Firstly, the move undermines the principle behind the tax credit system – that it is there to ensure that poorly-paid families may still enjoy a reasonable living standard. Tax credits are paid on an estimate of a person’s – or family’s – income over a tax year and the last Labour government, knowing that small variances could cause problems for Britain’s poorest, set a wide buffer of £25,000 before households had to pay anything back.
By cutting this buffer back to £5,000, the Conservatives have turned this safety net into a trap. Suddenly the tiniest overpayment can push households into a debt spiral, because their low incomes mean it is impossible to pay back what the government has arbitrarily decided they now owe.
And the sharks are circling. Instead of collecting the debt on its own behalf, HMRC has sold it on to around a dozen debt collection agencies who are harassing the families involved with constant telephone calls, mobile phone messages and letters to their homes.
In total, HMRC made 215,144 referrals to debt collectors in 2013-14. Of the working families involved, 118,000 earned less than £5,000 per year.
This takes us to our second area of concern. Remember how the Department for Work and Pensions has been encouraging people – particularly the disabled – to declare themselves as self-employed in order to avoid the hassle and harassment that now go hand in hand with any benefit claim? You know – the refusal of benefits based on arbitrary ‘descriptors’ that were originally devised by a criminal insurance company as a means to minimise payouts, and the constant threat of sanctions that would cut off access to benefits for up to three years unless claimants manage to clear increasingly difficult obstacles.
Both of these circumstances are likely to lead to a verdict of overpayment by HMRC, as the self-employment reported by these people is likely to be fictional, or to provide less than required by the rules – either in terms of hours worked or income earned.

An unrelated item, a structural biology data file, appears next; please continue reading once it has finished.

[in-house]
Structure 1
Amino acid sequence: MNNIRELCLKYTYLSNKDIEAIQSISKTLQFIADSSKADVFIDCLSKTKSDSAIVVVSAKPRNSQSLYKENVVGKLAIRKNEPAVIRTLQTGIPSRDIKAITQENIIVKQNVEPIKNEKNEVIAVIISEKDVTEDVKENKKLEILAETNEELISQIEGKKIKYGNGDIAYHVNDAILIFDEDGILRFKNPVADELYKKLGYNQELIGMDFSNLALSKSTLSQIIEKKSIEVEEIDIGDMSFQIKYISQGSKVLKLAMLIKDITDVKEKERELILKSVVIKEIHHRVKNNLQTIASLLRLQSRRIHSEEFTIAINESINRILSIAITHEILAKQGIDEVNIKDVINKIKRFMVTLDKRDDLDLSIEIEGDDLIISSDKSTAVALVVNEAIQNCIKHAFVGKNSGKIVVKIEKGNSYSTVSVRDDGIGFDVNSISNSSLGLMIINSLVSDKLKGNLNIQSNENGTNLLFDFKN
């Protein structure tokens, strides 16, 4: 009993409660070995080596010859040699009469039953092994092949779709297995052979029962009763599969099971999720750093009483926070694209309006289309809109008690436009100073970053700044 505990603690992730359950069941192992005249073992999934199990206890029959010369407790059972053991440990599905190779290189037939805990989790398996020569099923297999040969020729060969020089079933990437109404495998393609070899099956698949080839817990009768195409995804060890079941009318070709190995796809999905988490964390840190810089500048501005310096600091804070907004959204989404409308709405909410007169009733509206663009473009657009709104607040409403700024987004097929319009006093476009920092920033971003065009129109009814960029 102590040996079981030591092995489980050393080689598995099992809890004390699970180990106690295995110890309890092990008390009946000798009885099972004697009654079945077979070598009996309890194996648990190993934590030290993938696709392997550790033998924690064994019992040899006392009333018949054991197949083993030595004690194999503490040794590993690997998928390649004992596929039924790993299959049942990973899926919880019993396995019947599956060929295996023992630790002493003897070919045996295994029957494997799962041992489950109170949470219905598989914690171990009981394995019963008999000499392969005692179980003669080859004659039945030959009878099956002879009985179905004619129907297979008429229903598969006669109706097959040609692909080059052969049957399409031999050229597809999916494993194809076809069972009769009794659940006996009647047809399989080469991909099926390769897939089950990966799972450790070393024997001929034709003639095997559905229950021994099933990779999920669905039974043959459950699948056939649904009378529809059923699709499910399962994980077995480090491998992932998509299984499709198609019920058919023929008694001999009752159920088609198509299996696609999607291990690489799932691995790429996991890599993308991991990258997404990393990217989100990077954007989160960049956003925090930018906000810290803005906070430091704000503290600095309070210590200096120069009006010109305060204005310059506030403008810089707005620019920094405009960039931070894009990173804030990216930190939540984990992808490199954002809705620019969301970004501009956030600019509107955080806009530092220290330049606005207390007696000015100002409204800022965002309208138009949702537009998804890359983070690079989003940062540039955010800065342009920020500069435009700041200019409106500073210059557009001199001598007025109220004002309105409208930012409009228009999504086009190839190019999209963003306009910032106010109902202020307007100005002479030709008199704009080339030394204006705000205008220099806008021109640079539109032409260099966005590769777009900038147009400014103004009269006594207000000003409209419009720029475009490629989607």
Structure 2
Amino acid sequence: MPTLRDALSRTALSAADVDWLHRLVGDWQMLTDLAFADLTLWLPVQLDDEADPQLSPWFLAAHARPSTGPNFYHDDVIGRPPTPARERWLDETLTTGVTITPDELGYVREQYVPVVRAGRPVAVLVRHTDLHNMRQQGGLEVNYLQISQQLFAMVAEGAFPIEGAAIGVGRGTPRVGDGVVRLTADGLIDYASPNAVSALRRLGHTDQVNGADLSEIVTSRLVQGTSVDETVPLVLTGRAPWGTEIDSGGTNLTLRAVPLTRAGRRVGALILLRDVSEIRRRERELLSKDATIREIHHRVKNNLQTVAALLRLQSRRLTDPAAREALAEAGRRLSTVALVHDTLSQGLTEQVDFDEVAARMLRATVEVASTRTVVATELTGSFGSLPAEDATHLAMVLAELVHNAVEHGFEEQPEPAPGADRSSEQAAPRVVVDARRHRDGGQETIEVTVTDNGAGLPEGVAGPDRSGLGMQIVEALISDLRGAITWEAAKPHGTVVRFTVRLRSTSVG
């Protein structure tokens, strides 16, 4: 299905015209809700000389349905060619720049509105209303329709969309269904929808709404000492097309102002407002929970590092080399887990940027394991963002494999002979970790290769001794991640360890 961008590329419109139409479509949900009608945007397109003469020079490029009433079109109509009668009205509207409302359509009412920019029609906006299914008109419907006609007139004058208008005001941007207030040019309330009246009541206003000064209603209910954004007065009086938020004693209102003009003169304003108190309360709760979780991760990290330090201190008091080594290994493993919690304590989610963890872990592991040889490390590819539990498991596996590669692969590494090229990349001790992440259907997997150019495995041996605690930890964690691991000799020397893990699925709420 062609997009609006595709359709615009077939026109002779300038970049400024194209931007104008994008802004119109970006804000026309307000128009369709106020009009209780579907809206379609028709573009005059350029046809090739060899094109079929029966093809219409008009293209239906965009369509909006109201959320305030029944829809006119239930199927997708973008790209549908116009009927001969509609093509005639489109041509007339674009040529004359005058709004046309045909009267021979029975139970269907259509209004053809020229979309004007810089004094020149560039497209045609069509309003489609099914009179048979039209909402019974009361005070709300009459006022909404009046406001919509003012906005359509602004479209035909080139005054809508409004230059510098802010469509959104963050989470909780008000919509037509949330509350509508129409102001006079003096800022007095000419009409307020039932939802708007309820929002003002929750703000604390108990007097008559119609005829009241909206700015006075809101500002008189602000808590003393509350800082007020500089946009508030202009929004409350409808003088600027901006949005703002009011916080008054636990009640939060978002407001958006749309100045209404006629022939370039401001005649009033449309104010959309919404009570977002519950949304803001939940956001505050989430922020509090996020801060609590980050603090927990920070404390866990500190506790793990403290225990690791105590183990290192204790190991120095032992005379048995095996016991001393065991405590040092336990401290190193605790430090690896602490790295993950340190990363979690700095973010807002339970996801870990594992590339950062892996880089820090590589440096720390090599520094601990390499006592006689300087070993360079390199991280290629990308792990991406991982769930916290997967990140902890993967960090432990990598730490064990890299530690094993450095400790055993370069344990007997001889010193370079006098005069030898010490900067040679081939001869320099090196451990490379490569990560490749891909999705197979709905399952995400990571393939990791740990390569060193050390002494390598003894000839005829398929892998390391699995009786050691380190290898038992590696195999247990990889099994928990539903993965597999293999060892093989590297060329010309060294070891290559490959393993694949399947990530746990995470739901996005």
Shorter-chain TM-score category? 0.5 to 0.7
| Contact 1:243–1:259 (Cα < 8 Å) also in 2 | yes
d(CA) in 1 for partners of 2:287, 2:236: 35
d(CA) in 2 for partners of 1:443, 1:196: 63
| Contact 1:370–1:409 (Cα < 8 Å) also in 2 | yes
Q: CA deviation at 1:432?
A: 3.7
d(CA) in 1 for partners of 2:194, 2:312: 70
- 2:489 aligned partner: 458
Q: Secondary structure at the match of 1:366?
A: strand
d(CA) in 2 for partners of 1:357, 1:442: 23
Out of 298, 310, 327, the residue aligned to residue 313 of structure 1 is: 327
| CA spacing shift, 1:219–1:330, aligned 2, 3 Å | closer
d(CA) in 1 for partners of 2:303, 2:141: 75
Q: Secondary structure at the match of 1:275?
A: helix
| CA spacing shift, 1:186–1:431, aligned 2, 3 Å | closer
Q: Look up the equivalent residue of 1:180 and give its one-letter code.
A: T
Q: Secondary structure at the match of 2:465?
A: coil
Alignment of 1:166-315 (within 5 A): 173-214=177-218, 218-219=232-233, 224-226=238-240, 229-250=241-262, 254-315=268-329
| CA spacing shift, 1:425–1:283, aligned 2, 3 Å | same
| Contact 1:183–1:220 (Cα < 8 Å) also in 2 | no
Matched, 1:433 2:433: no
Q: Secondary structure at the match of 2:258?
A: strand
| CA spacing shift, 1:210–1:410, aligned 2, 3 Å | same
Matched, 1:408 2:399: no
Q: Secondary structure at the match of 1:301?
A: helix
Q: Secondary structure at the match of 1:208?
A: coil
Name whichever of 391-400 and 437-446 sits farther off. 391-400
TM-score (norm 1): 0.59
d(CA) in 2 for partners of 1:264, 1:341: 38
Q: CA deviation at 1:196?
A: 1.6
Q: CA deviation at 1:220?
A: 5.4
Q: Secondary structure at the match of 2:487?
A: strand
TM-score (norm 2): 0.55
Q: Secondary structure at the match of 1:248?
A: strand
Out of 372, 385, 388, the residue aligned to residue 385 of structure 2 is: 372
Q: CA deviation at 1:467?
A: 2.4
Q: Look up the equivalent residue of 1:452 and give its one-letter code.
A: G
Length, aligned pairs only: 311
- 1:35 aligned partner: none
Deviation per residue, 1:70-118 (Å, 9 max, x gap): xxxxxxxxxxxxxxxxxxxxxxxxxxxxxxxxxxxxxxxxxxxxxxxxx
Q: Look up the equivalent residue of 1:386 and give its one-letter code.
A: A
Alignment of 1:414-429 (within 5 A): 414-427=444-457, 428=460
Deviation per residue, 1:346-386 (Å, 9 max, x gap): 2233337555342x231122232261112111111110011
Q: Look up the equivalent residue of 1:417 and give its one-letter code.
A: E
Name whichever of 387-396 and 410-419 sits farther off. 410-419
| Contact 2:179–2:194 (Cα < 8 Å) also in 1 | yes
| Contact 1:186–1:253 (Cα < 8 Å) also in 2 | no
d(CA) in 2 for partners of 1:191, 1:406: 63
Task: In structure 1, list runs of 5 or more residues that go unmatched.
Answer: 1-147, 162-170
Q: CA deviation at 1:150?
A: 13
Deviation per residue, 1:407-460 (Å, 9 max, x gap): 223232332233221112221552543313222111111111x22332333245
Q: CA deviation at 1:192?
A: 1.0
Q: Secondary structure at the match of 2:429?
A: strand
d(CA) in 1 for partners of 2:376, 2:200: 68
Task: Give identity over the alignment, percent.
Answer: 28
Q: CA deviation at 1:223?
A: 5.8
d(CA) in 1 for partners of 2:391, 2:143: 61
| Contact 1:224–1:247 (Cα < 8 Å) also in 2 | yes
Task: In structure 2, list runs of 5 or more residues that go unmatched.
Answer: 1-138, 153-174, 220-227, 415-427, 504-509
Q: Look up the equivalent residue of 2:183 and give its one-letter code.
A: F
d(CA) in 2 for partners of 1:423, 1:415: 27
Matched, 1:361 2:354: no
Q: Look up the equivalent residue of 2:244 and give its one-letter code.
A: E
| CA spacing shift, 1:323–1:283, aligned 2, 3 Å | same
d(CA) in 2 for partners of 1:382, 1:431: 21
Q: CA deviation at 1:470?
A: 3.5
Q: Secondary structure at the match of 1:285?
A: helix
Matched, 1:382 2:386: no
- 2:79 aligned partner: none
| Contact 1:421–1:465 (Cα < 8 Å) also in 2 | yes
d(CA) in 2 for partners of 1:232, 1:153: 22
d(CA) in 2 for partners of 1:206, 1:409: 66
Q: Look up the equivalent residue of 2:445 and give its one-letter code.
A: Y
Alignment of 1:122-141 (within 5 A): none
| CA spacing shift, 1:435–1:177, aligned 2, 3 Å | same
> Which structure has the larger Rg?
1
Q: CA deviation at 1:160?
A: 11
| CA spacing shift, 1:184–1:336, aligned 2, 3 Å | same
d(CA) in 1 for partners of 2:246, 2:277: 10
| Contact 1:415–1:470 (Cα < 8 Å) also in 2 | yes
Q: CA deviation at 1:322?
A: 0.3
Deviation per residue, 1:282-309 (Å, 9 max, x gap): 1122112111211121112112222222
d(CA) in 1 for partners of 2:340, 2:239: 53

Suddenly their debt is sold to a collection agency and they are suffering government-sponsored harassment, alarm and distress (which is in fact illegal) far beyond anything they received from the DWP; debt collection agencies are not part of the government and, as Dame Anne Begg pointed out in the Independent article on this subject, “The tactics they use to collect the debt are not tactics a government should use.”
Maybe not. So why employ such tactics?
Let’s move on to our third, and final, worry. By setting sharks on the hundreds of thousands of minnows caught in the government’s trawler-net (that was formerly a safety net – and I apologise for the mixed metaphor), the Tory-led administration is creating a handy distraction from the huge, bloated, offshore-banking whales who donate heavily into Conservative Party funds and who are therefore never likely to be pursued for the billions of pounds in unpaid taxes that they owe.
The government has promised to clamp down on tax evasion and avoidance, but ministers would have to be out of their minds to attack the bankers and businesspeople who pay for their bread and butter.